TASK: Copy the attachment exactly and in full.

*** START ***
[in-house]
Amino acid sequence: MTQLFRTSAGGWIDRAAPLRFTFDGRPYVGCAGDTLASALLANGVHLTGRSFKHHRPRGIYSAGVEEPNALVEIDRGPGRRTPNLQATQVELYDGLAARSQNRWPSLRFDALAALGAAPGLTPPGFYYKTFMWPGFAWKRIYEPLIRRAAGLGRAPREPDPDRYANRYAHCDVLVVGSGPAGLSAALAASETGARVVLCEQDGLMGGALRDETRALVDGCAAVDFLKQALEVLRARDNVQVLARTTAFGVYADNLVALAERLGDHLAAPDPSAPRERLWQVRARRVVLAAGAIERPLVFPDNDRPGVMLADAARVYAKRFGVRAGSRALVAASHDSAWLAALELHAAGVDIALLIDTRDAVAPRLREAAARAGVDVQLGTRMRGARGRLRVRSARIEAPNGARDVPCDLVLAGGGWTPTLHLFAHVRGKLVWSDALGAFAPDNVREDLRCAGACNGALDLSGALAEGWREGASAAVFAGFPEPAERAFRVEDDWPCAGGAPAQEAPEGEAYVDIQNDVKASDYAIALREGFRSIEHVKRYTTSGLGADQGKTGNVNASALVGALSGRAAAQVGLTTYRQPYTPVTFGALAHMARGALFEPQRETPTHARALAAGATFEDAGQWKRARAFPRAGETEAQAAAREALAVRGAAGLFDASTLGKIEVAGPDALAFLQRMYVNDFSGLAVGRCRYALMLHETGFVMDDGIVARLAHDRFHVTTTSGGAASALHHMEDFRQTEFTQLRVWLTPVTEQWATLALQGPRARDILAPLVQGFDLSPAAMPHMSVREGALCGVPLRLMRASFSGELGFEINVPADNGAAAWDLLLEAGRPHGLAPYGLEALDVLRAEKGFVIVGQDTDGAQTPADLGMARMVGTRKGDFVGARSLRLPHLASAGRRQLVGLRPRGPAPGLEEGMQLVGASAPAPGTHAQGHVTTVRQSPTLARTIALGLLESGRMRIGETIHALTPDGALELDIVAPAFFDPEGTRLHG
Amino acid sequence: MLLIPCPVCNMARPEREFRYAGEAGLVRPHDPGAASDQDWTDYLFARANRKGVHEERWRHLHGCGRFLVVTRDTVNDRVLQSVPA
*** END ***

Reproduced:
[in-house]
Amino acid sequence: MTQLFRTSAGGWIDRAAPLRFTFDGRPYVGCAGDTLASALLANGVHLTGRSFKHHRPRGIYSAGVEEPNALVEIDRGPGRRTPNLQATQVELYDGLAARSQNRWPSLRFDALAALGAAPGLTPPGFYYKTFMWPGFAWKRIYEPLIRRAAGLGRAPREPDPDRYANRYAHCDVLVVGSGPAGLSAALAASETGARVVLCEQDGLMGGALRDETRALVDGCAAVDFLKQALEVLRARDNVQVLARTTAFGVYADNLVALAERLGDHLAAPDPSAPRERLWQVRARRVVLAAGAIERPLVFPDNDRPGVMLADAARVYAKRFGVRAGSRALVAASHDSAWLAALELHAAGVDIALLIDTRDAVAPRLREAAARAGVDVQLGTRMRGARGRLRVRSARIEAPNGARDVPCDLVLAGGGWTPTLHLFAHVRGKLVWSDALGAFAPDNVREDLRCAGACNGALDLSGALAEGWREGASAAVFAGFPEPAERAFRVEDDWPCAGGAPAQEAPEGEAYVDIQNDVKASDYAIALREGFRSIEHVKRYTTSGLGADQGKTGNVNASALVGALSGRAAAQVGLTTYRQPYTPVTFGALAHMARGALFEPQRETPTHARALAAGATFEDAGQWKRARAFPRAGETEAQAAAREALAVRGAAGLFDASTLGKIEVAGPDALAFLQRMYVNDFSGLAVGRCRYALMLHETGFVMDDGIVARLAHDRFHVTTTSGGAASALHHMEDFRQTEFTQLRVWLTPVTEQWATLALQGPRARDILAPLVQGFDLSPAAMPHMSVREGALCGVPLRLMRASFSGELGFEINVPADNGAAAWDLLLEAGRPHGLAPYGLEALDVLRAEKGFVIVGQDTDGAQTPADLGMARMVGTRKGDFVGARSLRLPHLASAGRRQLVGLRPRGPAPGLEEGMQLVGASAPAPGTHAQGHVTTVRQSPTLARTIALGLLESGRMRIGETIHALTPDGALELDIVAPAFFDPEGTRLHG
Amino acid sequence: MLLIPCPVCNMARPEREFRYAGEAGLVRPHDPGAASDQDWTDYLFARANRKGVHEERWRHLHGCGRFLVVTRDTVNDRVLQSVPA